Wait... an article about how to calculate vertex normals for a mesh? This is very easy right? Yes, but let's say you want high quality normals at faster speed than usual implementations, with a more compact code too. Ok, then this very short article is for you! I invented this little mehotd around 2004 and I've now seen used in many places, which makes me happy! Let's have a look:

Most mesh normalization implementations out there use the typical normal averaging of face normals to calculate the vertex normal. For that, one iterates all the faces on which the current vertex is contained, accumulate the normals and then divide by the amount of faces used in the accumulation.

Now think what this division is doing to the normal. It does not change it's direction for sure, since a division by a scalar only affects the length of the normal. Actually we do not care about this length at all, since we will most probably normalize it to unit length. This means that rigth after the face normal accumulation, we are done, we don't need any division. Thus we can skip not only this operation by also all the code to keep track of the amount of faces that affect each vertex.

Now think again what we are really doing when accumulating the face normals into vertex normals. We are making a linear combination of normals, with equal importance or weight for all of them. Is this good? Well, one would think that polygons with bigger area should probably contribute more to the final result. This indeed gives better quality vertex normals. So, let's try to calculate the area of each polygon... Hey, but wait! Open your primary school math book. Have a look to the definition of cross product, specially to the length of the cross product. Cheeses, the length of a cross product is proportional to the area of the paralepiped created by the two vectors involved in the product. And is not our triangle normal calculated actually as the cross product of two of its edges? Basically the cross product of these two edges will then give as a face normal with length proportional to the area of the triangle. For free!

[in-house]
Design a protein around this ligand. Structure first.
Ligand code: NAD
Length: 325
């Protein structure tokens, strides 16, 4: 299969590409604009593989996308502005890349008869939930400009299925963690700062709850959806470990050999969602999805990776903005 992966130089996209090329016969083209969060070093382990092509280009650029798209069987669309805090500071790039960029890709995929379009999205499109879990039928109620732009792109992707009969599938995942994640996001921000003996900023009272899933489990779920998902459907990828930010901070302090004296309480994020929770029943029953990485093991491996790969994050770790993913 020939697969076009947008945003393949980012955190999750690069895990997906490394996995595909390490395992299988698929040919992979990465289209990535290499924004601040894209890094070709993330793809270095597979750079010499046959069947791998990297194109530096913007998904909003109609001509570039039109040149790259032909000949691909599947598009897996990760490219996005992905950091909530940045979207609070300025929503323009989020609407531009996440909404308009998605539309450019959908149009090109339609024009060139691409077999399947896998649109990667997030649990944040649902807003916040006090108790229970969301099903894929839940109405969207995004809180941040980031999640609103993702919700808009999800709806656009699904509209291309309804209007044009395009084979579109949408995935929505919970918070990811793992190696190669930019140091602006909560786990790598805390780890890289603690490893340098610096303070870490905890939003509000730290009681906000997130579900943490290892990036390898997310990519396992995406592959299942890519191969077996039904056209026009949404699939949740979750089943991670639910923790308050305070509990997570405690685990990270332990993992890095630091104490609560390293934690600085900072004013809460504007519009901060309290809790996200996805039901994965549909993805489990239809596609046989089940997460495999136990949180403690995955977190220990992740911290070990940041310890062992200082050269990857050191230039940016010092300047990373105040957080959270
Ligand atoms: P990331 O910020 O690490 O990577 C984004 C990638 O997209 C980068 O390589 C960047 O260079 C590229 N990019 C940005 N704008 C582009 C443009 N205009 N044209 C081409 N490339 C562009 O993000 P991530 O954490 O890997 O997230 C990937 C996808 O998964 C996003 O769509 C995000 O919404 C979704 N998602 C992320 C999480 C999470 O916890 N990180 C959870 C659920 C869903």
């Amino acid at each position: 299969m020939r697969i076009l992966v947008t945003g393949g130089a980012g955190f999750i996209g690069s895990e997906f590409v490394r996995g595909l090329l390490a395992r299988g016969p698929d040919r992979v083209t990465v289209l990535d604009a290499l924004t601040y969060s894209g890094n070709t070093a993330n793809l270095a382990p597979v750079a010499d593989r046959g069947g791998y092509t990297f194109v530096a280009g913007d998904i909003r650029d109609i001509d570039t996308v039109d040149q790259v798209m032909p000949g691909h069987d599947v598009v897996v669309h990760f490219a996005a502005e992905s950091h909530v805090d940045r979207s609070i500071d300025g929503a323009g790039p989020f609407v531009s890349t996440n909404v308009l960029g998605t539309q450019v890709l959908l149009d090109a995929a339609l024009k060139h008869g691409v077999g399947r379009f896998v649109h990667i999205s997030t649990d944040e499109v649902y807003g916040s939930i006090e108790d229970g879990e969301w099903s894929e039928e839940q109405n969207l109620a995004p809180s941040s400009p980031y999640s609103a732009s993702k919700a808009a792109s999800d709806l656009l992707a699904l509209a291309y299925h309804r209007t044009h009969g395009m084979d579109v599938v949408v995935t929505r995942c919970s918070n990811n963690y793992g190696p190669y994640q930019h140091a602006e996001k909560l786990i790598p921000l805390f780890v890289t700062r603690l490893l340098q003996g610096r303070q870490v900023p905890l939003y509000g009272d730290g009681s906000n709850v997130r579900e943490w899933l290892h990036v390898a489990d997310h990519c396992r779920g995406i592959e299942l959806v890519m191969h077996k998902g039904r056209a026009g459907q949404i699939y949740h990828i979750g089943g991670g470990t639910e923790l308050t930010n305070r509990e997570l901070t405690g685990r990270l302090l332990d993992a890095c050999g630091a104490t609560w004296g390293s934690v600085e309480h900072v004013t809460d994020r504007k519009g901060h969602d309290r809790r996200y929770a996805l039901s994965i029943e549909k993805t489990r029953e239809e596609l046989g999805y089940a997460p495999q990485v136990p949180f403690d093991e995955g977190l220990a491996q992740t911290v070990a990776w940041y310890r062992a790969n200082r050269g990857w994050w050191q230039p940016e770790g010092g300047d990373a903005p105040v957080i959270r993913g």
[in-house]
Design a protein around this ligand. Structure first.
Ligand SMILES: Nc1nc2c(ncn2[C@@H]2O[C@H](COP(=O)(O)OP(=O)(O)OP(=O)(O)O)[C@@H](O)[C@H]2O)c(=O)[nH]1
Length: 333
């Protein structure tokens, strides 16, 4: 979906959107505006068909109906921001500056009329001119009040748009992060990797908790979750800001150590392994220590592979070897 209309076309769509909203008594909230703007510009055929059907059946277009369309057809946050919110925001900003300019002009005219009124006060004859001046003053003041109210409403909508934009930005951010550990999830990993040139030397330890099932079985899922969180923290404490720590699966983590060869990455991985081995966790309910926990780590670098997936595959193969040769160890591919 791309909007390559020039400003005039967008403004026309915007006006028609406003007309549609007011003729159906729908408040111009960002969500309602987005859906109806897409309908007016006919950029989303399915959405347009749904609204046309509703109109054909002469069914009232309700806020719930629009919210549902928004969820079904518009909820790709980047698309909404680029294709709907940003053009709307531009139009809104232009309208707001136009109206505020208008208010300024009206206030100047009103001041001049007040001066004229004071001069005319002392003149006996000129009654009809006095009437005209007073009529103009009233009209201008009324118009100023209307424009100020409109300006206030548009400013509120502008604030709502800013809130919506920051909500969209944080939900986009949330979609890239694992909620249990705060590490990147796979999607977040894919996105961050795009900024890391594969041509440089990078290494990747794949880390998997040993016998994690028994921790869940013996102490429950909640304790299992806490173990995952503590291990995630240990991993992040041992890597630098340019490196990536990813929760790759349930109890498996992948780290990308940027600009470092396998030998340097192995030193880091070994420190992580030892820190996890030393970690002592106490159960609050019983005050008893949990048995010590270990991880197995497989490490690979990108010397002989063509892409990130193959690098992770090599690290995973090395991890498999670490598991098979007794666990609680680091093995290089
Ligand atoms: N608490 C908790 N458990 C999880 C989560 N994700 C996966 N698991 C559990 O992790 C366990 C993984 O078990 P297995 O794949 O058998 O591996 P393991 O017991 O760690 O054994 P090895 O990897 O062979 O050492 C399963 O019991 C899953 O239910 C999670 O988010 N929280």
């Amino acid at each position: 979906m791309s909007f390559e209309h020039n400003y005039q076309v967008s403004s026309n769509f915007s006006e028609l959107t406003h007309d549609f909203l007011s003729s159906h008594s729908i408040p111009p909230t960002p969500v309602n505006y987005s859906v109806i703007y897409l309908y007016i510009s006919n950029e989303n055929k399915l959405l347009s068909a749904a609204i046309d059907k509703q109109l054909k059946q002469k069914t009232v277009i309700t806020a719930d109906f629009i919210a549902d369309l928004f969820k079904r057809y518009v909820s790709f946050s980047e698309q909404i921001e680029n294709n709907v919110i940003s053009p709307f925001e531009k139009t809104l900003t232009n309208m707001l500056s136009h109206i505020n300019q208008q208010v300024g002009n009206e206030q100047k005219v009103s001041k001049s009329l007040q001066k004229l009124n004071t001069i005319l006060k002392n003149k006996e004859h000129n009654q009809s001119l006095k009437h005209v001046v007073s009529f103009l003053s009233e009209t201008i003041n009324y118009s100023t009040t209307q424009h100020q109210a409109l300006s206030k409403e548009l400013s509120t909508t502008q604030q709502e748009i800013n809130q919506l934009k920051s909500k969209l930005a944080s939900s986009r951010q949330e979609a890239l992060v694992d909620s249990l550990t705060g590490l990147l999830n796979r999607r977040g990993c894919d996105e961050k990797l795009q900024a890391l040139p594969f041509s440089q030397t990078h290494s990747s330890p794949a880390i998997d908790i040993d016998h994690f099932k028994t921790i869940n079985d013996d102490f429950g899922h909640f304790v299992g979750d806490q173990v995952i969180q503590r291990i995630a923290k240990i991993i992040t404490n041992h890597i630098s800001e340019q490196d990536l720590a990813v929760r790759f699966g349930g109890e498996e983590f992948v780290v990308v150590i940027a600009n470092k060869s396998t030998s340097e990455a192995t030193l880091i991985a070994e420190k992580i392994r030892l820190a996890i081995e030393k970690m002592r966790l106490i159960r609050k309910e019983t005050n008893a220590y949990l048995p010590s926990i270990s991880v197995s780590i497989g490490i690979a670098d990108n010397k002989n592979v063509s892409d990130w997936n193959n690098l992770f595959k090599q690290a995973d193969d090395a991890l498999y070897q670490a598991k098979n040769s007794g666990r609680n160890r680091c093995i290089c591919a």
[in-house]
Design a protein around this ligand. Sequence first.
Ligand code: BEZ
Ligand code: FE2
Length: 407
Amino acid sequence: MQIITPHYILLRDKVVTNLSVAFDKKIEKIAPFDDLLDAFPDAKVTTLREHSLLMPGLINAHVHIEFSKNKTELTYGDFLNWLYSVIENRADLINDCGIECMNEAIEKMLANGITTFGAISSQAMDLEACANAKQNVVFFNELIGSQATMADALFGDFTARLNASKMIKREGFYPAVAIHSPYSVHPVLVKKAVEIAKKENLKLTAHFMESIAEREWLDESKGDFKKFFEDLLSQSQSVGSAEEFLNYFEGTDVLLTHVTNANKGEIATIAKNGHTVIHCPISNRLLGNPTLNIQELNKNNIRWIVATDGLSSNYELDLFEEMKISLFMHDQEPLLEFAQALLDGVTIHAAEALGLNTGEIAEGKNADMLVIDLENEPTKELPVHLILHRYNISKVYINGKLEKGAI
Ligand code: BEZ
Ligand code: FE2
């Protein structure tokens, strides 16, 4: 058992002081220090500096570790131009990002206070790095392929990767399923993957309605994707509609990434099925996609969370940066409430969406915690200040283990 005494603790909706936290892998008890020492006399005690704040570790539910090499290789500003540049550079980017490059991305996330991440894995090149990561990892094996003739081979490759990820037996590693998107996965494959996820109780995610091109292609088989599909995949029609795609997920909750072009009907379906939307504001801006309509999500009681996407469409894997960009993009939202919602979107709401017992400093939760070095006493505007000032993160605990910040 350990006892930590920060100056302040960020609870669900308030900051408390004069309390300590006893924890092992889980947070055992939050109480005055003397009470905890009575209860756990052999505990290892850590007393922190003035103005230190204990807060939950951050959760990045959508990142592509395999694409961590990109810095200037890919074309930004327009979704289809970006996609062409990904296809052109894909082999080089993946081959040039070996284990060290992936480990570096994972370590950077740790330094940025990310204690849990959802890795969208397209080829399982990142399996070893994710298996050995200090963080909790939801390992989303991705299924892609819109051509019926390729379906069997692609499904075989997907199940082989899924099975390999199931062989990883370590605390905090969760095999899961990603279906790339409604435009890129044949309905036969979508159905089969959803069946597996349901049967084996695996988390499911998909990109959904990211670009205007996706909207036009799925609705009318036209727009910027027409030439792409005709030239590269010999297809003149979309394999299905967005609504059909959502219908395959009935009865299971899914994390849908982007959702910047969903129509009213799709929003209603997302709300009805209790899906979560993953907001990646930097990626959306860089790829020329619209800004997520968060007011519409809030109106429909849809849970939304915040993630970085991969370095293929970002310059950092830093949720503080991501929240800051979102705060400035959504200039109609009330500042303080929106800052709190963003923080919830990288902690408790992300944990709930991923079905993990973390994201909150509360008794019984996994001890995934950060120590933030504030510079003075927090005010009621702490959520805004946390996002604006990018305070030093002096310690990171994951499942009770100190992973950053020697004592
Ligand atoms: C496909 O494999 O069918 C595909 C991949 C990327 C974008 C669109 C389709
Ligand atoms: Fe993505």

Ok, this means we must not normalize the face normals, and just accumulate them on the vertices so that we do a high quality vertex normal calculation. We just skipped one vector normalization per face (meaning, one square root and a division, or an inverse-square root)!

Some implementations make two passes on the mesh to normalize it, one on the faces to calc face normals and vertex-to-normal connectivity, and a second one where this information is used to do the actual normal accumulation for each vertex. This is unnecessary, we can make the code a lot smaller and faster, and use less memory by doing it all in one pass. For each face on the mesh, calc the face normal (without normalization, as just explained), and directly accumulate this normal in each vertex belonging to the face. After you are done with the faces, each vertex will have recieved all the face normals it was supposed to recieve. That simple.

To finish, let's put all together in a small piece of code:

This is quite fast, fast enough to do lot of mesh normalizations per frame. On top of it, if you are using vertex shaders you can be interested on skipping the last vertex normalization and do it on the shader (last line on the code above). Also in some cases, like 64 or even 4 kilobyte demos, it's usual to have all allocated buffers automatically initialized to zero. In that case, if this is the first and only normalization for a given mesh, you may skip the first loop on the function too of course.

### Getting rid of the divisions